The union that represents the city of Menlo Park's middle management employees is challenging the city and a group of residents, in the press and in the courts, over efforts to scale back pension plans for city employees.
The union, the American Federation of State, County & Municipal Employees (AFSCME), announced on April 6 that it plans to sue the city over its certification of a "pension reform" initiative that a group of residents is trying to qualify for the November ballot.
Sharon McAleavey, the union's representative in its negotiations with the city, said in an interview that the City Council alone should be able to negotiate pay and other benefits for city employees, and that the law backs her up.
"They're the ones who have the full information, who read the details of the budget, who think about the economy as a whole," she said. "This is something we want to nip in the bud, so to speak. We want to make sure it gets dealt with earlier, rather than later, because this could catch fire and pop up in other cities, and we want to say, 'let's put this back where it belongs.'
"This is a bigger issue than just Menlo Park."
While she feels that the decision should be in the council's hands, Ms. McAleavey is also questioning council members' apparent change in direction on the pension issue. The city is reportedly asking Services Employees International (SEIU), the union representing line-level city employees, to accept a two-tier pension system that would greatly decrease retirement benefits for new city employees.
But Ms. McAleavey said the issue never came up when her union was negotiating with the city. When AFSCME agreed to its contract, City Manager Glen Rojas said the City Council didn't see an immediate need for the city to go to a two-tier pension system.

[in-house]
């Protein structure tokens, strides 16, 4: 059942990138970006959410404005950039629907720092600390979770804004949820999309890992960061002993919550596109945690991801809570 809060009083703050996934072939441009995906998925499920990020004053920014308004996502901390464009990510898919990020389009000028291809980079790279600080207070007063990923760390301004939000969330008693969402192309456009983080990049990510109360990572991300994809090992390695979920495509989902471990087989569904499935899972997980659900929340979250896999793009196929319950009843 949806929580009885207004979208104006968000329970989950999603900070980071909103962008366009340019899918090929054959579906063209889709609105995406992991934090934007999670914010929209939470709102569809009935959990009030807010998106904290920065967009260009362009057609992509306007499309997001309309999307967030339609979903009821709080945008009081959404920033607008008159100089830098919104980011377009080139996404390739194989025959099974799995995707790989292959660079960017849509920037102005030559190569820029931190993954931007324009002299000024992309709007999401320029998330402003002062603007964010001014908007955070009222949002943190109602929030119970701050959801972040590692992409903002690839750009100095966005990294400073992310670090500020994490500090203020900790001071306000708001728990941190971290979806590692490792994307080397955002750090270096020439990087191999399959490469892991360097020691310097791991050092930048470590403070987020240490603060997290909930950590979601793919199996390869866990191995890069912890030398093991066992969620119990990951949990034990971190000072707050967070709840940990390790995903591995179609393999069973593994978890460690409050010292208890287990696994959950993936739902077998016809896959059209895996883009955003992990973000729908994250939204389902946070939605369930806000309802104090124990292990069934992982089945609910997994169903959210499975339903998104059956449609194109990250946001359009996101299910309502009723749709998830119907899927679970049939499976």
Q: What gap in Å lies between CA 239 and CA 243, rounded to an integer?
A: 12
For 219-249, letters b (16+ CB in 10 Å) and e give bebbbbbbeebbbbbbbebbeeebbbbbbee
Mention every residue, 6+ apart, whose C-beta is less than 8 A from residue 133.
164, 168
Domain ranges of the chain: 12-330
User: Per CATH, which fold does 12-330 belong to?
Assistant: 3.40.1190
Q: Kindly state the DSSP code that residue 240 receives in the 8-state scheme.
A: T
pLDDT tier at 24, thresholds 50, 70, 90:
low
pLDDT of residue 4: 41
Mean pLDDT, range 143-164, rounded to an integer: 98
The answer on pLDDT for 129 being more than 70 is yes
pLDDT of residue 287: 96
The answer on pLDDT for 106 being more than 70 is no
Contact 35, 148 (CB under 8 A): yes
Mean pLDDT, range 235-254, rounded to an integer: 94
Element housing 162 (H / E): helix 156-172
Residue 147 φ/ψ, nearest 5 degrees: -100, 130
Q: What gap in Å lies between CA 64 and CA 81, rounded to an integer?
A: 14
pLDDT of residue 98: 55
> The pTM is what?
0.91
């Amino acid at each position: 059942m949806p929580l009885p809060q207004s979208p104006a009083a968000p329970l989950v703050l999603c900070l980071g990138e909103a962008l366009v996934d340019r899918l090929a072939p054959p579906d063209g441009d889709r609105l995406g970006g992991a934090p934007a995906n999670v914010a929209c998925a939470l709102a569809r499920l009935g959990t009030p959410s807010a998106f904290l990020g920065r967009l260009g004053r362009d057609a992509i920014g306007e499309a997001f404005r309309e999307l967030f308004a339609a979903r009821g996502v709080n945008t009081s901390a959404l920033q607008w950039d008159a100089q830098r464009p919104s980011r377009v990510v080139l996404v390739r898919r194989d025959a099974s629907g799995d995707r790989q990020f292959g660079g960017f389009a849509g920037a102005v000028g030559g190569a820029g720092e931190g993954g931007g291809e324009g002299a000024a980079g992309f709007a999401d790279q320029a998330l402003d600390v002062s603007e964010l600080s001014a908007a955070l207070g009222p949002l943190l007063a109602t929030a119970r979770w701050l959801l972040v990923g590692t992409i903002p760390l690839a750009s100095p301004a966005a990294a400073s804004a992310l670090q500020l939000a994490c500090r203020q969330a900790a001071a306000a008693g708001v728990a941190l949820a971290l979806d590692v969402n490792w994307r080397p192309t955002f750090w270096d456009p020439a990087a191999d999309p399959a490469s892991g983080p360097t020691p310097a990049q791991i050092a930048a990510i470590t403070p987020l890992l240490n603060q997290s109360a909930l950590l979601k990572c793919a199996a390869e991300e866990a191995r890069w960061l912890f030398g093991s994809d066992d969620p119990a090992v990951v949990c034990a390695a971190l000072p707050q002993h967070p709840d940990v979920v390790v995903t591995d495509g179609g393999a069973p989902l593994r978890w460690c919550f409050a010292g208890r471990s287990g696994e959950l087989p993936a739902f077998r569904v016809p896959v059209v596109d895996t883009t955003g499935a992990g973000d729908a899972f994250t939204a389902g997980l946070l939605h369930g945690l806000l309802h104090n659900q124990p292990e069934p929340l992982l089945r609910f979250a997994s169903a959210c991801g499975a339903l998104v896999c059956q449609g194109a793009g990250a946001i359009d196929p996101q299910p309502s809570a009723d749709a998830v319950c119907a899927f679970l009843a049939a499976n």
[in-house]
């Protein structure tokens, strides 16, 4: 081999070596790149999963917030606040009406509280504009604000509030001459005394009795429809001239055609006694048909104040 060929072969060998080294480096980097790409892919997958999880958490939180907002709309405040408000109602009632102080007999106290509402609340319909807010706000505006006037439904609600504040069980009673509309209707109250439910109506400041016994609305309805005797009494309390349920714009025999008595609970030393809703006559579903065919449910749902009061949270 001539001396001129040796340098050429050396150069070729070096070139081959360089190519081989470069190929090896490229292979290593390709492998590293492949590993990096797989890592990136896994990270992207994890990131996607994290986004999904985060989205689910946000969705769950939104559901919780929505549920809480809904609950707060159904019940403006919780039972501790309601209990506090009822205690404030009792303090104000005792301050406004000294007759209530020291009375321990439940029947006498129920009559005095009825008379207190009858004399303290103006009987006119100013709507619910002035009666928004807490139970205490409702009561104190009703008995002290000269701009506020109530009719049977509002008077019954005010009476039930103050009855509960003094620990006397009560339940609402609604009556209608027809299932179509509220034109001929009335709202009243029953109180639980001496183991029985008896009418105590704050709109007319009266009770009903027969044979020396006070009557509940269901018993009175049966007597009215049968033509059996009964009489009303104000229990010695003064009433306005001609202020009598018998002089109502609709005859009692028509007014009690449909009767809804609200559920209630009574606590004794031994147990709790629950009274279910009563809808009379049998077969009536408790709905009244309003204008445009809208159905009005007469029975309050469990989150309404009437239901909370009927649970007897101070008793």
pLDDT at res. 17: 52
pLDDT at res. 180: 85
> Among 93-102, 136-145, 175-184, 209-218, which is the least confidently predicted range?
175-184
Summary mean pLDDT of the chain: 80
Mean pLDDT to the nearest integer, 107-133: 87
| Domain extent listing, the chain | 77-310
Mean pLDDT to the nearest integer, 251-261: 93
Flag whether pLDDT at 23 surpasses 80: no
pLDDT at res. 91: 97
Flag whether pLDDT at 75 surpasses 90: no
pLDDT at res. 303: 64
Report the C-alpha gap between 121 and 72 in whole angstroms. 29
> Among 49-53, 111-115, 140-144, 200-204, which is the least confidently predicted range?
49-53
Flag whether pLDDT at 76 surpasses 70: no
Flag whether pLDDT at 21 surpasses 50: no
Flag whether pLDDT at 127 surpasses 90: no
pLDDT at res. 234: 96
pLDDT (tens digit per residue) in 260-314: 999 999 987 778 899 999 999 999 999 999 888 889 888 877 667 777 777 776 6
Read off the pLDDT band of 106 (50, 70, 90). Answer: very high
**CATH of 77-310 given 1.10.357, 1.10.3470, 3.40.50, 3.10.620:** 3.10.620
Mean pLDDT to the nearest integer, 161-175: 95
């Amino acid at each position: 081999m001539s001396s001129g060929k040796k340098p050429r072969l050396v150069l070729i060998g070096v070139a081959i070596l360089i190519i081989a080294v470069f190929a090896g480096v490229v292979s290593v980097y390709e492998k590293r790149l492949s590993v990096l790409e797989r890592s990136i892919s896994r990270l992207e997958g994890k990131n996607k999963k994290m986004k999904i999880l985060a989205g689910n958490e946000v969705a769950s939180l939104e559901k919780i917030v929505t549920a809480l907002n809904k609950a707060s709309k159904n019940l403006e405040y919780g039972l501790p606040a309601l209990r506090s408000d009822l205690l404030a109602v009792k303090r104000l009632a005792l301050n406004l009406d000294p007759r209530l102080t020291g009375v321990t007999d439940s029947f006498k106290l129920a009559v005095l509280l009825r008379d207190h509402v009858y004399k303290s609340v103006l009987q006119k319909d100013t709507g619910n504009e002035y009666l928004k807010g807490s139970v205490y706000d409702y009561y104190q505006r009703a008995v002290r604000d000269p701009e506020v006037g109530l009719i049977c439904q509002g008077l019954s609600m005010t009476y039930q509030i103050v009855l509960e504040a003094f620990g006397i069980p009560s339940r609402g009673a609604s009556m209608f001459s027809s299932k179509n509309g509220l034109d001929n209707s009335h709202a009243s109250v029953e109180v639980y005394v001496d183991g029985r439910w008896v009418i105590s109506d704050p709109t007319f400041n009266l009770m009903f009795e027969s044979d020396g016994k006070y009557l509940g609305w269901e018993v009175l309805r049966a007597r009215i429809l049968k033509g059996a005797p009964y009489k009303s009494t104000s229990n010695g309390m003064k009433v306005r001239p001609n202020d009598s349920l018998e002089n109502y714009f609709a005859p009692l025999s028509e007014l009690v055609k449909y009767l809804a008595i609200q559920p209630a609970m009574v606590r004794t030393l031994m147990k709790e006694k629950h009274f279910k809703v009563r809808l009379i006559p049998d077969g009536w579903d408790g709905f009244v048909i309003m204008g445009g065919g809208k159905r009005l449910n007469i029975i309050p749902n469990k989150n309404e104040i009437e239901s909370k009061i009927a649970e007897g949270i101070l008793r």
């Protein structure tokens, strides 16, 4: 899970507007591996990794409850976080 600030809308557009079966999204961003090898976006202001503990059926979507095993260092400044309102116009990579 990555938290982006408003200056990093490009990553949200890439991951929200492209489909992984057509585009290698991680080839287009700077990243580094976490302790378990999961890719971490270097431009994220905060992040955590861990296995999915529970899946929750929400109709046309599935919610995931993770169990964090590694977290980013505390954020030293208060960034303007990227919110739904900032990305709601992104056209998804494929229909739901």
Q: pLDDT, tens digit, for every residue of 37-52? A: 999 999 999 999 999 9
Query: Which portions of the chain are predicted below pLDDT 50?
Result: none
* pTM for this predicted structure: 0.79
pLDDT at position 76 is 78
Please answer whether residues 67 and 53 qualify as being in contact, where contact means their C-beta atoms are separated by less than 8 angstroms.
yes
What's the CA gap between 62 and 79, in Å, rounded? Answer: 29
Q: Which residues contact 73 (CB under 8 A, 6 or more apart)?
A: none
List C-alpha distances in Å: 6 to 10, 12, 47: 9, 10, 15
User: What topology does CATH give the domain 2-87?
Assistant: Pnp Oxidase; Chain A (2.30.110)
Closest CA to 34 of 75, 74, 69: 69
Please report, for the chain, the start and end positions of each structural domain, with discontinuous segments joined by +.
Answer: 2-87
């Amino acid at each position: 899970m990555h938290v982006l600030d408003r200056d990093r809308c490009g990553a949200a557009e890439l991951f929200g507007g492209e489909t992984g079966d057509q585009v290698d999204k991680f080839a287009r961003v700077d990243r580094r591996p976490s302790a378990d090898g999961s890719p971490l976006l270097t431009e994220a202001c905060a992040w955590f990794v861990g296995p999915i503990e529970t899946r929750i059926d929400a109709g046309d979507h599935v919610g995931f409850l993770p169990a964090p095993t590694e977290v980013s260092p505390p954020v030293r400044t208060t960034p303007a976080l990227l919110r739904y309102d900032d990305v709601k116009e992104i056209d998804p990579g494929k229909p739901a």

Contract talks with SEIU were ongoing when a group of residents launched a ballot initiative drive. Those talks have been stalled ever since, with SEIU representatives now saying that the central sticking point is the city's push to scale back pension benefits for new employees.
The city negotiates with unions in private, and city officials typically don't discuss those negotiations.
"It does feel to me that there's some other reason behind (the city's push for a two-tier pension system), other than that they really want to save money," Ms. McAleavey said. "This may save money in the long term, but it doesn't appear that anyone's done that actual analysis; I have yet to actually see that that's true."
Glen Kramer, the city's personnel director, said the city had not run the analysis, and that it's possible that going to a two-tier system would not save any money, even in 10 or 20 years.
If the city were to impose a two-tier pension system on SEIU, AFSCME employees would not be able to put up much of a fight, because the union represents only about one-fifth as many employees as its counterpart, Ms. McAleavey said. Because of the way the state pension fund calculates the city's payments, the city would eventually have to adopt the same system for members of both unions.
The union plans to challenge the resident-led pension initiative in the courts, arguing that two California laws -- the Public Employees' Retirement Law and the Meyers Milas Brown Act -- prohibit public pension contracts from being changed through a voter initiative.
Under the terms of the initiative, pensions for new employees would revert to their level before the City Council in 2007 approved a 35 percent increase in those benefits. The initiative would also require a vote of the people to approve any future increase in pension benefits negotiated by the council.
"People in the community seem to think this is the way to go, without having any facts behind their assertions," Ms. McAleavey said.